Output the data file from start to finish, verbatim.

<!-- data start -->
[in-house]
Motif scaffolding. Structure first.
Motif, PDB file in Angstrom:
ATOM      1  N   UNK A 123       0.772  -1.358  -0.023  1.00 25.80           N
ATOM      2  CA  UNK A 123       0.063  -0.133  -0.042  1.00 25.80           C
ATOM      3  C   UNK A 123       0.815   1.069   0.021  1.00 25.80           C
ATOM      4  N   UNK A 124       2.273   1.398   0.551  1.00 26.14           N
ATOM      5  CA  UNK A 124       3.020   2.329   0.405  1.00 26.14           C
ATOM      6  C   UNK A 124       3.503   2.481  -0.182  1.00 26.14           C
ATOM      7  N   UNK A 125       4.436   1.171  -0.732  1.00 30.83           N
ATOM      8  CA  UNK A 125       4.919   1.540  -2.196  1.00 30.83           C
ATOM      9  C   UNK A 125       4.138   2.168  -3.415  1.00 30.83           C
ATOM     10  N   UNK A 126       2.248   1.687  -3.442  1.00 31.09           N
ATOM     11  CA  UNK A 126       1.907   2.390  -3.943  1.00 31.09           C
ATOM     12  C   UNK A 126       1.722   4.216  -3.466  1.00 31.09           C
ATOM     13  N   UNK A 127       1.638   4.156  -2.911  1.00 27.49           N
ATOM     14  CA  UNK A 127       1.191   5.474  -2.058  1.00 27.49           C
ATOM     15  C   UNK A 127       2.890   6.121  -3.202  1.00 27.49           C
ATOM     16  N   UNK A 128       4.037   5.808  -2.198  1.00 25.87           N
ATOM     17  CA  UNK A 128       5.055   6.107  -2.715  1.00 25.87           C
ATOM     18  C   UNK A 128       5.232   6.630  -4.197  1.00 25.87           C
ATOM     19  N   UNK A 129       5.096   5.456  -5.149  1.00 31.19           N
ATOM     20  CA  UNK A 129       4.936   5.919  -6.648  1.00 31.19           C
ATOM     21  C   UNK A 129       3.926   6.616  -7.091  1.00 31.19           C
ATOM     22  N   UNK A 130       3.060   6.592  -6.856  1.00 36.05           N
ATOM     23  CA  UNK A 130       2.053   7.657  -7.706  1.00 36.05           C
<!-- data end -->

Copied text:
[in-house]
Motif scaffolding. Structure first.
Motif, PDB file in Angstrom:
ATOM      1  N   UNK A 123       0.772  -1.358  -0.023  1.00 25.80           N
ATOM      2  CA  UNK A 123       0.063  -0.133  -0.042  1.00 25.80           C
ATOM      3  C   UNK A 123       0.815   1.069   0.021  1.00 25.80           C
ATOM      4  N   UNK A 124       2.273   1.398   0.551  1.00 26.14           N
ATOM      5  CA  UNK A 124       3.020   2.329   0.405  1.00 26.14           C
ATOM      6  C   UNK A 124       3.503   2.481  -0.182  1.00 26.14           C
ATOM      7  N   UNK A 125       4.436   1.171  -0.732  1.00 30.83           N
ATOM      8  CA  UNK A 125       4.919   1.540  -2.196  1.00 30.83           C
ATOM      9  C   UNK A 125       4.138   2.168  -3.415  1.00 30.83           C
ATOM     10  N   UNK A 126       2.248   1.687  -3.442  1.00 31.09           N
ATOM     11  CA  UNK A 126       1.907   2.390  -3.943  1.00 31.09           C
ATOM     12  C   UNK A 126       1.722   4.216  -3.466  1.00 31.09           C
ATOM     13  N   UNK A 127       1.638   4.156  -2.911  1.00 27.49           N
ATOM     14  CA  UNK A 127       1.191   5.474  -2.058  1.00 27.49           C
ATOM     15  C   UNK A 127       2.890   6.121  -3.202  1.00 27.49           C
ATOM     16  N   UNK A 128       4.037   5.808  -2.198  1.00 25.87           N
ATOM     17  CA  UNK A 128       5.055   6.107  -2.715  1.00 25.87           C
ATOM     18  C   UNK A 128       5.232   6.630  -4.197  1.00 25.87           C
ATOM     19  N   UNK A 129       5.096   5.456  -5.149  1.00 31.19           N
ATOM     20  CA  UNK A 129       4.936   5.919  -6.648  1.00 31.19           C
ATOM     21  C   UNK A 129       3.926   6.616  -7.091  1.00 31.19           C
ATOM     22  N   UNK A 130       3.060   6.592  -6.856  1.00 36.05           N
ATOM     23  CA  UNK A 130       2.053   7.657  -7.706  1.00 36.05           C